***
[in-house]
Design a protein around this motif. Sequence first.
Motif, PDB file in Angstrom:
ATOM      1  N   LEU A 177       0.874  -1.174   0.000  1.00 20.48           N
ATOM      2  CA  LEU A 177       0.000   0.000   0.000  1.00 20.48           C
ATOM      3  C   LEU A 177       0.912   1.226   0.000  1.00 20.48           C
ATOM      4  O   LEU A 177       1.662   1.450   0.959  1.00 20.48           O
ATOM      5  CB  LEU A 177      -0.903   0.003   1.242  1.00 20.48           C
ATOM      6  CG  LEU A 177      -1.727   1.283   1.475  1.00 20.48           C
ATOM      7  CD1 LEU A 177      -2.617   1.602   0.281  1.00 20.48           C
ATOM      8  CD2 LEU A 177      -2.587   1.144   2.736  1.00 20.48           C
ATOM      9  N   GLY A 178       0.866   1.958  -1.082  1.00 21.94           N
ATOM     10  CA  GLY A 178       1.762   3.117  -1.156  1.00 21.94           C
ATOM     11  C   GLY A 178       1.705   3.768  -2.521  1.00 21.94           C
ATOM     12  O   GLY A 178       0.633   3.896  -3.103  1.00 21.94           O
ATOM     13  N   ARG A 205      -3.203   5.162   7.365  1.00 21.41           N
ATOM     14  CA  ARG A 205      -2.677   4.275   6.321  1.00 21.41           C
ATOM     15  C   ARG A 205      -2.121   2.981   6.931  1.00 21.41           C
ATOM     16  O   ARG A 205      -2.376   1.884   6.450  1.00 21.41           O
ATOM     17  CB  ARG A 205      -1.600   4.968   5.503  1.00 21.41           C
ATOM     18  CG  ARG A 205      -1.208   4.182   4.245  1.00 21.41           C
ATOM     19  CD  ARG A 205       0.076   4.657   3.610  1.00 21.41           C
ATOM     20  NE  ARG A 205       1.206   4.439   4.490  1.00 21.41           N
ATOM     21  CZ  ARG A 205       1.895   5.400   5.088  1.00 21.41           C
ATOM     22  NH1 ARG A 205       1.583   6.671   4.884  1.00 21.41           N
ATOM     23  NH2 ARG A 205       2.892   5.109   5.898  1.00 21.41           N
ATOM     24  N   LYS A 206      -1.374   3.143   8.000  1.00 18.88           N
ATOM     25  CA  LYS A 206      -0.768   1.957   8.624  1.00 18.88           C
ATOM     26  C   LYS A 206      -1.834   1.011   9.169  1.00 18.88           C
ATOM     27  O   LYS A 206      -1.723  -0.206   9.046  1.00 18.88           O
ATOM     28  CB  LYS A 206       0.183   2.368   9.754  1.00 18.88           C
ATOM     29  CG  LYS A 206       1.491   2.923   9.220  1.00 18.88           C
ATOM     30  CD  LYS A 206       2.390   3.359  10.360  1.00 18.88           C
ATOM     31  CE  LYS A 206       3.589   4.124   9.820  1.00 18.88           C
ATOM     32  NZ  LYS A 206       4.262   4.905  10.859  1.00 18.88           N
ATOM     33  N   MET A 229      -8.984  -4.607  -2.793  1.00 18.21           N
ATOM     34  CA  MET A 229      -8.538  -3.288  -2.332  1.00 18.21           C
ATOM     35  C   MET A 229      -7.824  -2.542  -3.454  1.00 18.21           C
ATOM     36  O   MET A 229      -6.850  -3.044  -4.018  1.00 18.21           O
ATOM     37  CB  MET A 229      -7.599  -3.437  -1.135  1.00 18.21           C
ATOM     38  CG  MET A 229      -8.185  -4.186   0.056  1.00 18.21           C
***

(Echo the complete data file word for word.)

[in-house]
Design a protein around this motif. Sequence first.
Motif, PDB file in Angstrom:
ATOM      1  N   LEU A 177       0.874  -1.174   0.000  1.00 20.48           N
ATOM      2  CA  LEU A 177       0.000   0.000   0.000  1.00 20.48           C
ATOM      3  C   LEU A 177       0.912   1.226   0.000  1.00 20.48           C
ATOM      4  O   LEU A 177       1.662   1.450   0.959  1.00 20.48           O
ATOM      5  CB  LEU A 177      -0.903   0.003   1.242  1.00 20.48           C
ATOM      6  CG  LEU A 177      -1.727   1.283   1.475  1.00 20.48           C
ATOM      7  CD1 LEU A 177      -2.617   1.602   0.281  1.00 20.48           C
ATOM      8  CD2 LEU A 177      -2.587   1.144   2.736  1.00 20.48           C
ATOM      9  N   GLY A 178       0.866   1.958  -1.082  1.00 21.94           N
ATOM     10  CA  GLY A 178       1.762   3.117  -1.156  1.00 21.94           C
ATOM     11  C   GLY A 178       1.705   3.768  -2.521  1.00 21.94           C
ATOM     12  O   GLY A 178       0.633   3.896  -3.103  1.00 21.94           O
ATOM     13  N   ARG A 205      -3.203   5.162   7.365  1.00 21.41           N
ATOM     14  CA  ARG A 205      -2.677   4.275   6.321  1.00 21.41           C
ATOM     15  C   ARG A 205      -2.121   2.981   6.931  1.00 21.41           C
ATOM     16  O   ARG A 205      -2.376   1.884   6.450  1.00 21.41           O
ATOM     17  CB  ARG A 205      -1.600   4.968   5.503  1.00 21.41           C
ATOM     18  CG  ARG A 205      -1.208   4.182   4.245  1.00 21.41           C
ATOM     19  CD  ARG A 205       0.076   4.657   3.610  1.00 21.41           C
ATOM     20  NE  ARG A 205       1.206   4.439   4.490  1.00 21.41           N
ATOM     21  CZ  ARG A 205       1.895   5.400   5.088  1.00 21.41           C
ATOM     22  NH1 ARG A 205       1.583   6.671   4.884  1.00 21.41           N
ATOM     23  NH2 ARG A 205       2.892   5.109   5.898  1.00 21.41           N
ATOM     24  N   LYS A 206      -1.374   3.143   8.000  1.00 18.88           N
ATOM     25  CA  LYS A 206      -0.768   1.957   8.624  1.00 18.88           C
ATOM     26  C   LYS A 206      -1.834   1.011   9.169  1.00 18.88           C
ATOM     27  O   LYS A 206      -1.723  -0.206   9.046  1.00 18.88           O
ATOM     28  CB  LYS A 206       0.183   2.368   9.754  1.00 18.88           C
ATOM     29  CG  LYS A 206       1.491   2.923   9.220  1.00 18.88           C
ATOM     30  CD  LYS A 206       2.390   3.359  10.360  1.00 18.88           C
ATOM     31  CE  LYS A 206       3.589   4.124   9.820  1.00 18.88           C
ATOM     32  NZ  LYS A 206       4.262   4.905  10.859  1.00 18.88           N
ATOM     33  N   MET A 229      -8.984  -4.607  -2.793  1.00 18.21           N
ATOM     34  CA  MET A 229      -8.538  -3.288  -2.332  1.00 18.21           C
ATOM     35  C   MET A 229      -7.824  -2.542  -3.454  1.00 18.21           C
ATOM     36  O   MET A 229      -6.850  -3.044  -4.018  1.00 18.21           O
ATOM     37  CB  MET A 229      -7.599  -3.437  -1.135  1.00 18.21           C
ATOM     38  CG  MET A 229      -8.185  -4.186   0.056  1.00 18.21           C